“Essentially, this argument is flawed Sean, especially during periods of deep recession. Many conservatives feel that under such economic hard times that only the government is big enough to generate demand to create jobs through stimulus spending.”

        My argument wasn’t against stimulus spending, it was against expansion of the federal government through direct hiring. If you offer tax rebates to consumers (case for clunkers for instance), government can help spur consumer spending and thereby help stimulate the economy.

        “This argument also seems to be without merit”

        Not so fast. Here is what is actually happening in our economy in response to Obamacare:

        http://www.huffingtonpost.com/2012/11/09/papa-johns-obamacare-john-schnatter_n_2104202.html

        Or here:

        “Millions of part-time U.S. workers may see their hours cut because of President Barack Obama’s health care overhaul, according to a recent study.

        “The 2010 Affordable Care Act will put some 2.3 million workers at the greatest risk of reduced hours, the February study found. That group represents roughly 1.8 percent of the workforce and consists of people who do not have insurance through their employer, work between 30 and 36 hours per week and earn incomes 400 percent below the federal poverty line for firms with 100 or more employees.

        “The study, conducted by the UC Berkeley Center for Labor Research and Education and recently highlighted by the Los Angeles Times, attempts to place a number on what has until now been an anecdotally-based trend of employers threatening such cuts as a result of the law.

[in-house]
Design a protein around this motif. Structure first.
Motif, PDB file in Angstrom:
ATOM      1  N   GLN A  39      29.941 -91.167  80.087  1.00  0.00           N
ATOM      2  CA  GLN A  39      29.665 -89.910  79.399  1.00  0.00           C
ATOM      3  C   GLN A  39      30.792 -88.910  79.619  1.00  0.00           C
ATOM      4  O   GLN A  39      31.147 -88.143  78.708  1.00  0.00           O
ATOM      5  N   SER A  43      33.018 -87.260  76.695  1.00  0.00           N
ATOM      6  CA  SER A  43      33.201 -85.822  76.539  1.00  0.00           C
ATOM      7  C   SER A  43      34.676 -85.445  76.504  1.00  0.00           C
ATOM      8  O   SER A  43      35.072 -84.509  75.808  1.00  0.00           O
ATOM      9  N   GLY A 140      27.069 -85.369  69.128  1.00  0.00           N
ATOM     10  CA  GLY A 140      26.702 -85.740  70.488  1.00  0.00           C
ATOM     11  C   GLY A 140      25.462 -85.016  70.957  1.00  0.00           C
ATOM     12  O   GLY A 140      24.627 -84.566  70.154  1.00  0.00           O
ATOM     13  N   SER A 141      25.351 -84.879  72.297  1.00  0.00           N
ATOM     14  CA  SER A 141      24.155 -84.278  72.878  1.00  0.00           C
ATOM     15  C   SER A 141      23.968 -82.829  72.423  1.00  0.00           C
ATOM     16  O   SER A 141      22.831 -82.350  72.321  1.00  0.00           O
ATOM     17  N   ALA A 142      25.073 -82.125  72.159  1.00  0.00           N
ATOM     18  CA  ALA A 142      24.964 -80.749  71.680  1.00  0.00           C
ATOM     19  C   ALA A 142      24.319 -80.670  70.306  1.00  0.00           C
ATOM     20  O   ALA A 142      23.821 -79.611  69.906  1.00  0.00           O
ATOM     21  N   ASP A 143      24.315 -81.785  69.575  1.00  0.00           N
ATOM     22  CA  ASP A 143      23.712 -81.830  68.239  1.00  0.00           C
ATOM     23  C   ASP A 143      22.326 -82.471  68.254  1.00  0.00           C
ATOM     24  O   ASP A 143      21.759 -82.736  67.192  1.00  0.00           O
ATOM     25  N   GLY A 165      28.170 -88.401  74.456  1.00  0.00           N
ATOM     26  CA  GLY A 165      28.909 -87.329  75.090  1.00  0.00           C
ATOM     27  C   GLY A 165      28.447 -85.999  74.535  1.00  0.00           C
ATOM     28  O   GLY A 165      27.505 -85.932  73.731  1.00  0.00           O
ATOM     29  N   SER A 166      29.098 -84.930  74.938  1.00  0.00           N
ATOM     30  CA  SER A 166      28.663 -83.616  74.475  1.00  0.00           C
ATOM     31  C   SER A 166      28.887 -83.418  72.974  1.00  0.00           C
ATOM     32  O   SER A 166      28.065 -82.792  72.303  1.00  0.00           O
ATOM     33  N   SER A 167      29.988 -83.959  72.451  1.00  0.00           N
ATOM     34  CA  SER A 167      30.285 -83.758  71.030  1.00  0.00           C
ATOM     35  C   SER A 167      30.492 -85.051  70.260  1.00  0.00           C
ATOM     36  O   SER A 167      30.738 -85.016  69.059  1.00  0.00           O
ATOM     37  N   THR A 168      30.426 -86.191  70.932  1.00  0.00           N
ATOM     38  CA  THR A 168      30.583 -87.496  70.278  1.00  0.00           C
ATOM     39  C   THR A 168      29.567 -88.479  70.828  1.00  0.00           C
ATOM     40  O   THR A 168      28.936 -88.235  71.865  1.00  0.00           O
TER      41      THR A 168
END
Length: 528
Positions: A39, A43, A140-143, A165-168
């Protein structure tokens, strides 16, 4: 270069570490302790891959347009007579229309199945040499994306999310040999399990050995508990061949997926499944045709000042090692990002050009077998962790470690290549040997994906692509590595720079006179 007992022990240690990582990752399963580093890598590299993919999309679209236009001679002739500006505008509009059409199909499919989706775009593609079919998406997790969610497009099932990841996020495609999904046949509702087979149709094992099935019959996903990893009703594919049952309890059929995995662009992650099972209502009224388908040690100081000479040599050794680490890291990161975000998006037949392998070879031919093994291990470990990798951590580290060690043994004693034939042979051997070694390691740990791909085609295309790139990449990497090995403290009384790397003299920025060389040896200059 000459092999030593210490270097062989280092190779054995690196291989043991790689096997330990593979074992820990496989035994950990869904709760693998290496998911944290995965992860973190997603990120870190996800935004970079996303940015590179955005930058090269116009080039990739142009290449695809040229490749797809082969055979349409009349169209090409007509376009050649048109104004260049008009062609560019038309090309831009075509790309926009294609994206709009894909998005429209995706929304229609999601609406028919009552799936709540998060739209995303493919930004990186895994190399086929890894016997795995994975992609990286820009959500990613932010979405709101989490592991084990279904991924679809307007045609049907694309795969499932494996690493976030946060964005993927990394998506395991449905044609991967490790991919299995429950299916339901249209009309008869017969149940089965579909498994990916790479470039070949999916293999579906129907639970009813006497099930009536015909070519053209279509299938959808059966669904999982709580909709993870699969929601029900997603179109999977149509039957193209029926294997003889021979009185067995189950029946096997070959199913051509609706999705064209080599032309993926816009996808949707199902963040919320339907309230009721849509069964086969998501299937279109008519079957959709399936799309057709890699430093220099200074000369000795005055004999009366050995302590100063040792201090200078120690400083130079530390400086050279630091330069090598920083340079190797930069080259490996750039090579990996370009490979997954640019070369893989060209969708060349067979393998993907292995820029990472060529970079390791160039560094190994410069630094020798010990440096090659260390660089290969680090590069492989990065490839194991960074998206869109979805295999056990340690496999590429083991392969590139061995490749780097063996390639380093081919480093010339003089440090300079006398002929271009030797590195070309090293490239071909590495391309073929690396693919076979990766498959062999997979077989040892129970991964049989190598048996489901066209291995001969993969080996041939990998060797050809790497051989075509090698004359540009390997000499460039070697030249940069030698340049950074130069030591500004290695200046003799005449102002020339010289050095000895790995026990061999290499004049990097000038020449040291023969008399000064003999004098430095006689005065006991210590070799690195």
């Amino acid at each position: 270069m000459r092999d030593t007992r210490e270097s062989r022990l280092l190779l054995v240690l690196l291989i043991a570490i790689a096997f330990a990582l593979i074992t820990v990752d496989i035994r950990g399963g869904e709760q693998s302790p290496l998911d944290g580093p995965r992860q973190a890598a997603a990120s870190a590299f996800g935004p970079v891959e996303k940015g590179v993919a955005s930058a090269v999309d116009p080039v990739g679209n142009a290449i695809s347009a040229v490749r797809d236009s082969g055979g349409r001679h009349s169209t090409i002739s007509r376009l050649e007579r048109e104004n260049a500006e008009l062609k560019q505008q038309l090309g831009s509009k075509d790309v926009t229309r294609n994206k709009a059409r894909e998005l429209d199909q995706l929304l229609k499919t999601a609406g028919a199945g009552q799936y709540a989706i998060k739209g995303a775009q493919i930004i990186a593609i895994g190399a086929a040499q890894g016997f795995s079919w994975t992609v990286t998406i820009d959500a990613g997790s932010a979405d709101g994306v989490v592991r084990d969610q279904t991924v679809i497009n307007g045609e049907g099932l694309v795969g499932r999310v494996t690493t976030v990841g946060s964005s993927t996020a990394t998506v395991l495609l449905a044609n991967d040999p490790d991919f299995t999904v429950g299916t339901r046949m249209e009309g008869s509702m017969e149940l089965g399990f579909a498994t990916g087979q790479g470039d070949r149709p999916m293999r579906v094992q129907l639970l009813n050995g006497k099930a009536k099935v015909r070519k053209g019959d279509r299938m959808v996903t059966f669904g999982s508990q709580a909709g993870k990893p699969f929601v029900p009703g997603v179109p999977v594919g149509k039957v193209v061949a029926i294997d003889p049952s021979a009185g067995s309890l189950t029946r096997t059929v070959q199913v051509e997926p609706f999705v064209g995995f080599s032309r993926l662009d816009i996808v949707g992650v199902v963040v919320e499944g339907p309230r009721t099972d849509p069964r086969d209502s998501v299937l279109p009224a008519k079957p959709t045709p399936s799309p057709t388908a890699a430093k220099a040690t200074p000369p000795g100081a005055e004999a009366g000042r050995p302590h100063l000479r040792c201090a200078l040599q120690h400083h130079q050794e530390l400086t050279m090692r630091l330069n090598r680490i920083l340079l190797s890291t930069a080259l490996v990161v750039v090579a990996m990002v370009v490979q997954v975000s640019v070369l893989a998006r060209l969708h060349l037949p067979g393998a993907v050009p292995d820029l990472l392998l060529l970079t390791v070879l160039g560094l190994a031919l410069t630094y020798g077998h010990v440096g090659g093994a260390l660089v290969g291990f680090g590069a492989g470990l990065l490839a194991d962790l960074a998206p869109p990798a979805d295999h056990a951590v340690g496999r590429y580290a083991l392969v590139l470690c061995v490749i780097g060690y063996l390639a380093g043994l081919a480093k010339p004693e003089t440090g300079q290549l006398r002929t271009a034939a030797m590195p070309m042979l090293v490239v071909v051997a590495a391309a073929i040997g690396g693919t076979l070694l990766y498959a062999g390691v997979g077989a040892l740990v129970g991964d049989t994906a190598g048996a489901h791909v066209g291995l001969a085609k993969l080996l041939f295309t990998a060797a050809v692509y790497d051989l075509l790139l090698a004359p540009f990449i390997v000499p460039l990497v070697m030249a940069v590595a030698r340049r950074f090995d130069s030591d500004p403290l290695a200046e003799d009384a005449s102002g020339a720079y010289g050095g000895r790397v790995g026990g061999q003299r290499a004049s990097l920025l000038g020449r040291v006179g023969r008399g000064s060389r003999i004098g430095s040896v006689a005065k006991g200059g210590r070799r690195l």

“Beginning in 2014, larger employers may face penalties if they don’t offer health benefits deemed affordable under the law. To avoid such costs, some employers have cut the hours worked by some of its employees.”

        http://www.huffingtonpost.com/2013/05/07/part-time-workers-obamacare_n_3210321.html

        And no, there was no fear mongering among Democrats, just comments like this:

        “People will lose their jobs. The unemployment rate might tick up again.”

        “Are you willing to see a bunch of emergency responders lose their jobs because you want to protect some special interest tax loophole?”

        “‘If Congress allows this meat-cleaver approach to take place,’ Obama said, it will affect military readiness and shrink crucial services. He warned that thousands of teachers and other educators will be laid off. It will affect the FBI and other emergency responders. He said the cuts will challenge the U.S.’s ability to challenge threats to different parts of the world.”

        See http://www.businessinsider.com/obama-sequester-statement-republicans-cuts-defense-military-tax-revenue-loopholes-2013-2#ixzz2aHA632sN

        “And for god’s sake, are you really suggesting by invoking the status of the Stock Market that the record profits of many businesses and the dividends their high income investors acquire reflects the entire economy?”

        No, I am suggesting that the stock market has consistently been an accurate augur for economic performance. Regarding later provisions of the sequester, it will be tough to discern whether weakening economic conditions in the future (right now, the economy is strengthening) will be due to the sequester, the new provisions of Obamacare, neither or both.

        Ok. Again, this will be my last comment on this matter as you’ll have the last word as it is your blog and I respect that.

      • ”It’s kind of ridiculous to argue that one man’s shadow can cast a pall over the economy five years after leaving office.”